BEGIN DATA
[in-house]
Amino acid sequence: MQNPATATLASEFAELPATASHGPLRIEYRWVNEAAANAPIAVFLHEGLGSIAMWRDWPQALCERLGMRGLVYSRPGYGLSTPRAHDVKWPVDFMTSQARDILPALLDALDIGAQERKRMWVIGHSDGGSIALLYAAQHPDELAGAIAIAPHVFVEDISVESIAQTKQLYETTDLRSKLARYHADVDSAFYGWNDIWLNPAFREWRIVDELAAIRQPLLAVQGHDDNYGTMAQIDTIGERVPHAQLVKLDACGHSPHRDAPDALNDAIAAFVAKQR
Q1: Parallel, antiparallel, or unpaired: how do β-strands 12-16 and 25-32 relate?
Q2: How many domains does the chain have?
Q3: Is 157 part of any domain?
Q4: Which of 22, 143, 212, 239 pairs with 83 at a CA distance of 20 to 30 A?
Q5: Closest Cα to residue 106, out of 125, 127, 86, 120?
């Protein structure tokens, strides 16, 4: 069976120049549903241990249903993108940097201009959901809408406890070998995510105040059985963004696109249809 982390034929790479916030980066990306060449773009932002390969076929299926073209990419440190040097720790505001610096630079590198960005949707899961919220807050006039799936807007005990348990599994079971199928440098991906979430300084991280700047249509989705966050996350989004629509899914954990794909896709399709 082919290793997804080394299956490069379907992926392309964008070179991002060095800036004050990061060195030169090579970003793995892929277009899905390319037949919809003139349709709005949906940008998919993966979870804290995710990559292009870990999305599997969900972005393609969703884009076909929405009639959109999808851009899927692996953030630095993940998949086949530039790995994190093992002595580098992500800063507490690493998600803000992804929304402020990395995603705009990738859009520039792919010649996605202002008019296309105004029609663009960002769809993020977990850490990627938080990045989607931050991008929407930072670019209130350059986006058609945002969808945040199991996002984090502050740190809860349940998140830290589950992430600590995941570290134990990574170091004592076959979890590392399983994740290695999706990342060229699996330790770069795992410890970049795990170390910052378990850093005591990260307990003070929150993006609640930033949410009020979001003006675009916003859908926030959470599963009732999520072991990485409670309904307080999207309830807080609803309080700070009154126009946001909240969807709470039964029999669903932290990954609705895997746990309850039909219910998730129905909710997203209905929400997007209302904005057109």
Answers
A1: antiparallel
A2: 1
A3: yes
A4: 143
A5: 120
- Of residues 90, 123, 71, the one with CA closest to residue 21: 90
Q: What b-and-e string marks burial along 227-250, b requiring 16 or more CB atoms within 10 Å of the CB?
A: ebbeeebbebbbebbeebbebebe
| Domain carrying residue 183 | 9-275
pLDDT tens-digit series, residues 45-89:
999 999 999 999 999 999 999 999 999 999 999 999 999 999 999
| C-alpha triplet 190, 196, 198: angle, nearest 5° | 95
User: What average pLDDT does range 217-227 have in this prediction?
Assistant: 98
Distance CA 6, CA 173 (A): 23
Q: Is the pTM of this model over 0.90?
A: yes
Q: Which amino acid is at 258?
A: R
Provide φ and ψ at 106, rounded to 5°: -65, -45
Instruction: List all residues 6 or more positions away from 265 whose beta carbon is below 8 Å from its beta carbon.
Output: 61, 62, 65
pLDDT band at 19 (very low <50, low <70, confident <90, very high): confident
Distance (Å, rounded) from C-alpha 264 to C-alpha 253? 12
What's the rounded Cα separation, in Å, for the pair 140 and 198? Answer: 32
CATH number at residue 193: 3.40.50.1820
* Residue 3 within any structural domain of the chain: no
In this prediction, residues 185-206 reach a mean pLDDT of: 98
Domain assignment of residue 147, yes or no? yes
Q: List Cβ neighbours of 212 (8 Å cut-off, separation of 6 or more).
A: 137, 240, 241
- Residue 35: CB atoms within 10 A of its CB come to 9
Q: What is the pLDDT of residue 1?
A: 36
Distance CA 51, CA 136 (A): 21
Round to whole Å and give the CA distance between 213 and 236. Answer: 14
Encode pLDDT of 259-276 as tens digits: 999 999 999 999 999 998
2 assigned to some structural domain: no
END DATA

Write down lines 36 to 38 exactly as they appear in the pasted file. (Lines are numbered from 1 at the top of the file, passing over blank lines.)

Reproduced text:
* Residue 3 within any structural domain of the chain: no
In this prediction, residues 185-206 reach a mean pLDDT of: 98
Domain assignment of residue 147, yes or no? yes